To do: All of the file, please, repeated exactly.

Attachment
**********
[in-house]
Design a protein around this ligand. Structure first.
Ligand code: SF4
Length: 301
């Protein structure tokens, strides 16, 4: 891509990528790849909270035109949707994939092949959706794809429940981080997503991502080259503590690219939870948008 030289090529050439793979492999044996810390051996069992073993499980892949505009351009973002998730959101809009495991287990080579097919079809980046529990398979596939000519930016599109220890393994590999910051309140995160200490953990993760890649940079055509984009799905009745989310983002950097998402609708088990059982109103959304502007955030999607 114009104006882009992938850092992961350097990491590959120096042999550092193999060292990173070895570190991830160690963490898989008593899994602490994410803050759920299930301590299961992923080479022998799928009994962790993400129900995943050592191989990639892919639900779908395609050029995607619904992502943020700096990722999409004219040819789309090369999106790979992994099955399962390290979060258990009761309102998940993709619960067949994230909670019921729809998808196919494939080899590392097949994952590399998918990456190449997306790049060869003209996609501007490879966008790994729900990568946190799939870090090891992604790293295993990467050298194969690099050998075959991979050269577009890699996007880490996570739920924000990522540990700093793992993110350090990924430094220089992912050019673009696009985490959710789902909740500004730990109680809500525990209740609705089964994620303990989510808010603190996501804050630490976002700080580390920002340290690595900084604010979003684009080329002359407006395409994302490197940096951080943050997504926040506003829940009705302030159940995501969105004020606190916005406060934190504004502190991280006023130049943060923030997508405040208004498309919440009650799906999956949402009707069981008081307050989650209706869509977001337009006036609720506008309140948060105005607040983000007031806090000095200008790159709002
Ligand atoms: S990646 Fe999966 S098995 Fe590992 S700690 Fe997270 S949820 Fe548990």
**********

[in-house]
Design a protein around this ligand. Structure first.
Ligand code: SF4
Length: 301
């Protein structure tokens, strides 16, 4: 891509990528790849909270035109949707994939092949959706794809429940981080997503991502080259503590690219939870948008 030289090529050439793979492999044996810390051996069992073993499980892949505009351009973002998730959101809009495991287990080579097919079809980046529990398979596939000519930016599109220890393994590999910051309140995160200490953990993760890649940079055509984009799905009745989310983002950097998402609708088990059982109103959304502007955030999607 114009104006882009992938850092992961350097990491590959120096042999550092193999060292990173070895570190991830160690963490898989008593899994602490994410803050759920299930301590299961992923080479022998799928009994962790993400129900995943050592191989990639892919639900779908395609050029995607619904992502943020700096990722999409004219040819789309090369999106790979992994099955399962390290979060258990009761309102998940993709619960067949994230909670019921729809998808196919494939080899590392097949994952590399998918990456190449997306790049060869003209996609501007490879966008790994729900990568946190799939870090090891992604790293295993990467050298194969690099050998075959991979050269577009890699996007880490996570739920924000990522540990700093793992993110350090990924430094220089992912050019673009696009985490959710789902909740500004730990109680809500525990209740609705089964994620303990989510808010603190996501804050630490976002700080580390920002340290690595900084604010979003684009080329002359407006395409994302490197940096951080943050997504926040506003829940009705302030159940995501969105004020606190916005406060934190504004502190991280006023130049943060923030997508405040208004498309919440009650799906999956949402009707069981008081307050989650209706869509977001337009006036609720506008309140948060105005607040983000007031806090000095200008790159709002
Ligand atoms: S990646 Fe999966 S098995 Fe590992 S700690 Fe997270 S949820 Fe548990």